here we go again…

A few months ago, I heard about this really great place that I could bring Evie to work on communication.  I had a totally great conversation on the phone with the therapist about my feelings about ABA.  They do not have a BCBA on staff by design.


We talked about eye contact and how it is not something we should be trying to force Autistic people to do.


We talked about a lot of things and I was so very excited to bring Evie to this place.  So very, very excited to get help in teaching Evie to communicate more effectively.

And then we got there.  We were not working with the same therapist that I spoke with on the phone.


And then I went in the observation room and behind the observation glass.

It started off great!  A little bit of Floortime-esque play to get to know each other.  The therapist caught on that Evie likes physical play really quickly.  And they started to make a connection.  I could see it…Evie was signing “more” which she doesn’t usually do unless she knows someone.  Evie was smiling.

I was smiling.

And then, the therapist started to draw the blueberry up to her face so that Evie would “gaze at her face.”

And my heart sank.

Because no.

No, no, no.

This is the exact opposite of what we signed up for.

This is not okay.

The therapist listed off her credentials.  And then started talking about how important joint attention is.  Apparently her definition and my definition of joint attention are not the same.

My definition of joint attention is that we are both paying attention to the same thing at the same time.

Her definition included the criteria that she and Evie are paying attention to the same thing at the same time.  And that Evie references her face (eye gaze).

She claimed that Evie needed to be able to get information from faces in order to develop more sophisticated communication.

I become incredibly inarticulate when I get upset and I was REALLY upset.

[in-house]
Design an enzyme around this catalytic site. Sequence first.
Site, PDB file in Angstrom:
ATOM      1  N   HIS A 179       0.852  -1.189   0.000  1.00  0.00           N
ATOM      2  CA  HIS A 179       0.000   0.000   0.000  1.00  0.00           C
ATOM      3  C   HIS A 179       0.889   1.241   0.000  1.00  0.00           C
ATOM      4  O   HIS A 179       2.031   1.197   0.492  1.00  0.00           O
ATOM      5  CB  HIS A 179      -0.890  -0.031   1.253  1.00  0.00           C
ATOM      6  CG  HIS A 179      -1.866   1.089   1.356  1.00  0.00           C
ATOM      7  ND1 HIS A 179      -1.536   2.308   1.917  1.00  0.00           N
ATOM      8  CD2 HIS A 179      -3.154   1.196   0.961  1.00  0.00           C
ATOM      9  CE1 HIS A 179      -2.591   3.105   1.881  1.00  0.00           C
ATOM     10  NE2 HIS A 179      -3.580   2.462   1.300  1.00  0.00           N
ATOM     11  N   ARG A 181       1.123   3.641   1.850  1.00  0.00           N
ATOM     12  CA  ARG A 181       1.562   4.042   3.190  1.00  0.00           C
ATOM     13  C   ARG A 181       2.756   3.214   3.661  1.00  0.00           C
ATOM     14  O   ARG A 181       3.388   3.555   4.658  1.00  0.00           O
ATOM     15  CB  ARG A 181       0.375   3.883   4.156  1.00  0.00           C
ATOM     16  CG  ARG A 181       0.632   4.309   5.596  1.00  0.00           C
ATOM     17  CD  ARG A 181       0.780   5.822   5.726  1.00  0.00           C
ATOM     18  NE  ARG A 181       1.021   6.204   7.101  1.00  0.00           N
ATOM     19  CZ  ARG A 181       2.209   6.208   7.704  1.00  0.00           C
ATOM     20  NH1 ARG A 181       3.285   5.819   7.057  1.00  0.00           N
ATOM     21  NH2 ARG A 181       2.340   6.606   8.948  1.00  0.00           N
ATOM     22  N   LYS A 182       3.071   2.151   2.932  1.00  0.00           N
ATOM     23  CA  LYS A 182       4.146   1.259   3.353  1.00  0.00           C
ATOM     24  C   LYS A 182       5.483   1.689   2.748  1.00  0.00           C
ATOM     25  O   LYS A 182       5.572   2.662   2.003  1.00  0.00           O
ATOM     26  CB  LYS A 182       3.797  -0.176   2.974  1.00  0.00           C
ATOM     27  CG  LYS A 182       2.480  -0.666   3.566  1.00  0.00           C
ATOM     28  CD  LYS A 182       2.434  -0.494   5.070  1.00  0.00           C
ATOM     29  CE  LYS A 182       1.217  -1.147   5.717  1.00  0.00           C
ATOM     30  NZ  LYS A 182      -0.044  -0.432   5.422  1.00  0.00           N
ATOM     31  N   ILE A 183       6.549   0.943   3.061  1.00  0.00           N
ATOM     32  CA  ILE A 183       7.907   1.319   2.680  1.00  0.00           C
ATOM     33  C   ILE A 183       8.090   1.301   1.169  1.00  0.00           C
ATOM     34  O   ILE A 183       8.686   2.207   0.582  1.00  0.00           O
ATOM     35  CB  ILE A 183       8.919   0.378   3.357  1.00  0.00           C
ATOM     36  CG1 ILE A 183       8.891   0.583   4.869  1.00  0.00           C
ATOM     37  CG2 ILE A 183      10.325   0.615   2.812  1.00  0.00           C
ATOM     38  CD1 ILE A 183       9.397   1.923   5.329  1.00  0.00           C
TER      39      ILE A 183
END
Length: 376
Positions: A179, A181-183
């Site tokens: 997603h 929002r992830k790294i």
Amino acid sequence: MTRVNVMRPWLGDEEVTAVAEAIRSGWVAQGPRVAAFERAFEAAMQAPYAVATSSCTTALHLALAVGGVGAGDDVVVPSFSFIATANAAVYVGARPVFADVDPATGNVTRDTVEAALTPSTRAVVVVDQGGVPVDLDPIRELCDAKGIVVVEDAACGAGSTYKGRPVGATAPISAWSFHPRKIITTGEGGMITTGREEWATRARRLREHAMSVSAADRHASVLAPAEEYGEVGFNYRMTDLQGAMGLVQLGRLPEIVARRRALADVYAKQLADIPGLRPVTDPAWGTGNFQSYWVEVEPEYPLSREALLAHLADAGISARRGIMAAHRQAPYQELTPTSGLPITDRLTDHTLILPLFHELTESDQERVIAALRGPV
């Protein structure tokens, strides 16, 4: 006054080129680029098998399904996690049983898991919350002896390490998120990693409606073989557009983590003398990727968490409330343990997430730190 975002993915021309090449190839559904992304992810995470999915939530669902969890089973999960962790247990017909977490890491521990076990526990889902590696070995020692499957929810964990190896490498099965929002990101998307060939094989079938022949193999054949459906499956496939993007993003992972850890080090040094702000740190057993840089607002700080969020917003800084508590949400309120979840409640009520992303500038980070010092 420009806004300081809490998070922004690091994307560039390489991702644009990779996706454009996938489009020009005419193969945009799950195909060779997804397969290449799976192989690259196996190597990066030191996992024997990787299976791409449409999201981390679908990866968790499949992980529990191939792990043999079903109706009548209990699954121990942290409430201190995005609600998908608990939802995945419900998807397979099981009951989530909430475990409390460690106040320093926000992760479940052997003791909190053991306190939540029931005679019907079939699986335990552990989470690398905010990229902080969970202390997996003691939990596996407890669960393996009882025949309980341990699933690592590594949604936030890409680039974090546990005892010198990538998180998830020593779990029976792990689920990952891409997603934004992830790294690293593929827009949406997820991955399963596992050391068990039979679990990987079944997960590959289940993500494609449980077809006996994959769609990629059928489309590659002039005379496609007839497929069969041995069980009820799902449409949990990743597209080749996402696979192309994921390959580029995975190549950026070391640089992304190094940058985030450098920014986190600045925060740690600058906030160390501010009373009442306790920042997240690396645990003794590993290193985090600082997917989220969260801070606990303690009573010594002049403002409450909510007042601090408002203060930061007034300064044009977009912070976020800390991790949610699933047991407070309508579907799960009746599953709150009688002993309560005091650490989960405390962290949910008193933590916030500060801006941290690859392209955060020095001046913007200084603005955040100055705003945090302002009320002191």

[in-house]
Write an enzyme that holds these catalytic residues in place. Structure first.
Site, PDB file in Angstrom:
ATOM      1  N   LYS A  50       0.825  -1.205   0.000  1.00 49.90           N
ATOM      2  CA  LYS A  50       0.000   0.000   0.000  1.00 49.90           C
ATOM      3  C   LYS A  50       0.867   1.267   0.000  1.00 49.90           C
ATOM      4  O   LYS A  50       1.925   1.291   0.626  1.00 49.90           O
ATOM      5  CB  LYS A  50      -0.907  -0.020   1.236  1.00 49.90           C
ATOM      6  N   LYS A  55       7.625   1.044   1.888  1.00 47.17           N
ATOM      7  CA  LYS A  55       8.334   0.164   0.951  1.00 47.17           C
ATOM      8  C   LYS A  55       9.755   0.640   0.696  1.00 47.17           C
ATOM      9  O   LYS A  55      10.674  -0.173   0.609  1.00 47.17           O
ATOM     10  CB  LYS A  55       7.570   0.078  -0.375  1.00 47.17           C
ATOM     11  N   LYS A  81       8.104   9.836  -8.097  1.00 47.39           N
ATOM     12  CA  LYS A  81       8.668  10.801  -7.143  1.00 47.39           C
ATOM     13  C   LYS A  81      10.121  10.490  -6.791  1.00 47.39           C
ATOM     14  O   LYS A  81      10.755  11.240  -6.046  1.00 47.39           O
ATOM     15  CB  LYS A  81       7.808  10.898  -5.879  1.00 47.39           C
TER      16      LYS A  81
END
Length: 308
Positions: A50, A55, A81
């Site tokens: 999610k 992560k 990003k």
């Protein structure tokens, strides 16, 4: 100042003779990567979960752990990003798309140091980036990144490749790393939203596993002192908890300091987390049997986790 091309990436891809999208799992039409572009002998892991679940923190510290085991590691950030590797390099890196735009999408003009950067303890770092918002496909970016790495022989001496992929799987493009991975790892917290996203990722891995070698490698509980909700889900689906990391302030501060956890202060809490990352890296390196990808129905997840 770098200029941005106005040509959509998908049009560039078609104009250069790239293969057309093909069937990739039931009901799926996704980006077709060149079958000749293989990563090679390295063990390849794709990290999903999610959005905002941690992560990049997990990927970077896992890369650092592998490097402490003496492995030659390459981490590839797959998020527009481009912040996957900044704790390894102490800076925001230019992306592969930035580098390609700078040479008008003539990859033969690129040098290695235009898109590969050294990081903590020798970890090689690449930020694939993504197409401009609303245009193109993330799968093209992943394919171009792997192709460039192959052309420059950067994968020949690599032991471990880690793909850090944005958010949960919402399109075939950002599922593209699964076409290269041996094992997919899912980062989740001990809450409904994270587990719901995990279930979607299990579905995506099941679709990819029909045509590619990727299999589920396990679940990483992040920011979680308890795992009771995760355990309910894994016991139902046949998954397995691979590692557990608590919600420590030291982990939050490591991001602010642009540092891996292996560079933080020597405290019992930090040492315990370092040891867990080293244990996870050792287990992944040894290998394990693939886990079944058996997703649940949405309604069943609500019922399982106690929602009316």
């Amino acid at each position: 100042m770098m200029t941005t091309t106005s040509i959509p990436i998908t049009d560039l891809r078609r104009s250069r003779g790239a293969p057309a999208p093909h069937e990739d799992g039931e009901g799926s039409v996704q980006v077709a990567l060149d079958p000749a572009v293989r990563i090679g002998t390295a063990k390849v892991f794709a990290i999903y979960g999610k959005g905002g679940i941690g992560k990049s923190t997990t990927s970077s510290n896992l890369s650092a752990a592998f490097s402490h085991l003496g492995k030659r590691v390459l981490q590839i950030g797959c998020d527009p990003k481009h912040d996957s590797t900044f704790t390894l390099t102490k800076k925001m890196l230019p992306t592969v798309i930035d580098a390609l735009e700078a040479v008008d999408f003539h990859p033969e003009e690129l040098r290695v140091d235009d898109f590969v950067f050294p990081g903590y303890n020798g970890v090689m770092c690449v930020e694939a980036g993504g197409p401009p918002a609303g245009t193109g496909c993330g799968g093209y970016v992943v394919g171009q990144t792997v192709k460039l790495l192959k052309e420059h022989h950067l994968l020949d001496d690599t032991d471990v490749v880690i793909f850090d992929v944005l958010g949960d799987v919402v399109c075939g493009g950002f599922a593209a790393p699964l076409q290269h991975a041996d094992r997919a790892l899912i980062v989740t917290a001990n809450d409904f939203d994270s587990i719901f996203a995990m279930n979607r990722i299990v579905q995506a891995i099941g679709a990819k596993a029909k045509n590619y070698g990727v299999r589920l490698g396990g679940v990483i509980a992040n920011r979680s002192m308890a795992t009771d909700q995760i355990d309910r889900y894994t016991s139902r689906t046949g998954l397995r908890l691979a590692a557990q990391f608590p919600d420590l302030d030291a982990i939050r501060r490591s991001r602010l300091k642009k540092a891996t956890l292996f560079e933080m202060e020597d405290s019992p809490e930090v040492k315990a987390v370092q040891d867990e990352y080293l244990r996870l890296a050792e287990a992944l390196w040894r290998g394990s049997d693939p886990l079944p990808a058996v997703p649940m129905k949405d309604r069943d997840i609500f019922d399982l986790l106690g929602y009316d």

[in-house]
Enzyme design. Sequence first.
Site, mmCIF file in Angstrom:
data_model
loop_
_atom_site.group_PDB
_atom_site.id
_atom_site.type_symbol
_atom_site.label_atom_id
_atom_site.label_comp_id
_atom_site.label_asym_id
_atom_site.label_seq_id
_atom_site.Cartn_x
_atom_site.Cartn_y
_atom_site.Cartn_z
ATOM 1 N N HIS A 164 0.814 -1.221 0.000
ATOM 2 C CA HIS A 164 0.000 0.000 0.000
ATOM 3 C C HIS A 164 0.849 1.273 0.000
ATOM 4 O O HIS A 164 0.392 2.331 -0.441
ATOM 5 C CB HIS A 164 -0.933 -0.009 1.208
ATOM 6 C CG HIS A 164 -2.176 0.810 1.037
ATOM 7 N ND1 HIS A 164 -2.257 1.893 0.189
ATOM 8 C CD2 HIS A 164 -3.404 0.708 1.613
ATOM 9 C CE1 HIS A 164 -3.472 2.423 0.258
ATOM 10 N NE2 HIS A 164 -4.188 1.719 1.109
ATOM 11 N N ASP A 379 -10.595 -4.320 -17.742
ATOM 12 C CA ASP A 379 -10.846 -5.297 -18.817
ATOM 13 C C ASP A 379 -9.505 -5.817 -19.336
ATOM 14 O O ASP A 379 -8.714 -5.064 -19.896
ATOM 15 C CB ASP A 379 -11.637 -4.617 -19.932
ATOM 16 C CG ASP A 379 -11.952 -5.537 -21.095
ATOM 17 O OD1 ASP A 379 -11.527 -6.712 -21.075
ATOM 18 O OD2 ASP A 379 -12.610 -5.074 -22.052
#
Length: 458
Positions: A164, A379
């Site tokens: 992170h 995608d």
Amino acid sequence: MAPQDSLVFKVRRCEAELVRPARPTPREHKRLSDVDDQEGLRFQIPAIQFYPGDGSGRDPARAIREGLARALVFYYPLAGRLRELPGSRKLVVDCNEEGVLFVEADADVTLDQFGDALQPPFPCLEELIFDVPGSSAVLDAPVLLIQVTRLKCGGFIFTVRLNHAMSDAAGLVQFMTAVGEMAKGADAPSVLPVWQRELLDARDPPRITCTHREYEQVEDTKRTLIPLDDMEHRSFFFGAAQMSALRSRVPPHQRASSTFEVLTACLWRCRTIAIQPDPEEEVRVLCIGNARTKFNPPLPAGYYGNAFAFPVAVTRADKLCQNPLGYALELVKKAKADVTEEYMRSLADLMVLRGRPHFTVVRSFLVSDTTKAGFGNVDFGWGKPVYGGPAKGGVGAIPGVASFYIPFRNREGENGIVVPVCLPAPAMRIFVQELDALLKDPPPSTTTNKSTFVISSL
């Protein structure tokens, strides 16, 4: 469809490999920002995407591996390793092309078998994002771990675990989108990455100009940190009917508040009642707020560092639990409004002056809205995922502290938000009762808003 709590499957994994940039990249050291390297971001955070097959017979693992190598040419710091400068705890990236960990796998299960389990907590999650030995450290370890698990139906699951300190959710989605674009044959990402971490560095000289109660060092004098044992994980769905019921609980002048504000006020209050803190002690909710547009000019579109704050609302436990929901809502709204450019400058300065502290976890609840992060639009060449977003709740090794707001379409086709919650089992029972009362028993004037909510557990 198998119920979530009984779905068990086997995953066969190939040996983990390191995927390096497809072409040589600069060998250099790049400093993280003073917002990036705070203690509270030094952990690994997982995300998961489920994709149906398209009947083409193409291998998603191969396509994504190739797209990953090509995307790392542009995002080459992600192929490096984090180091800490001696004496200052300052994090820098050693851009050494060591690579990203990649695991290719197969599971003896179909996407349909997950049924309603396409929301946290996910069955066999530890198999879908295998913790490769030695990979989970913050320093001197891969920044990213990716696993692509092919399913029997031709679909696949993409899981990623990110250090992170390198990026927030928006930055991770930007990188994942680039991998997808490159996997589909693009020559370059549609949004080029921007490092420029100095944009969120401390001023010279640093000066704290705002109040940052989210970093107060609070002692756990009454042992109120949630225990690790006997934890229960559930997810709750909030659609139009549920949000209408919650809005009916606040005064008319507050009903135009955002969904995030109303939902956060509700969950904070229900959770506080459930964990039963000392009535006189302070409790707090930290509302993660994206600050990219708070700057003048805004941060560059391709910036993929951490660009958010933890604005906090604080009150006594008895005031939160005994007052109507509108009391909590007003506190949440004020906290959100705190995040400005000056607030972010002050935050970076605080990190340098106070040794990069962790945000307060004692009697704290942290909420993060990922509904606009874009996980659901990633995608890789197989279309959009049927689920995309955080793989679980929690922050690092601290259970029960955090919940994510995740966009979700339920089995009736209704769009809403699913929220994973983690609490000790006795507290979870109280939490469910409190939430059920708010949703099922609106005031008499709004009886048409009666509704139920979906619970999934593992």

If this is true, how do blind people learn to communicate effectively?

She wasn’t really interested in hearing my feelings about it.  Because this is “proven.”

Proven to do what?  Please show me one place where science proves that a person will not acquire the ability to communicate if a person does not look at faces to get information.

I don’t have a gazillion Autism letters after my name.  I have Evie though.  And what Kassiane describes as “helper people” don’t always understand.  Helper people can do more harm than good…no matter their intentions.

There were some posters in the waiting room which tell me everything I want to know about this organization’s level of understanding and respect for Autistic people.  I will save that discussion for another post.

I cried angry tears and sat in the parking lot for a few minutes.  I Facebook messaged with Alyssa from Yes, that too for a couple of minutes until I felt like I could drive.   Thank you, Alyssa for talking to me during those awful moments.  Especially since I know hearing about this kind of stuff must not be easy for you as an Autistic person.

***editing to add a link to this post from Alyssa on how she would have failed Kindie would there have been this kind of thing***

When I got home, I went straight to the experts.  Autistic people.  Evie’s people.  MY people.  My friends.  People that I love and trust in a way that I cannot even begin to express.

And I was comforted by the virtual embrace of their words.  I was comforted to hear that, no.  No, I was not being over the top.  Most of them do not read faces to get information.

I was once again caught by the loving safety net that these people spread each time I feel like I am falling, falling, falling.  Falling alone.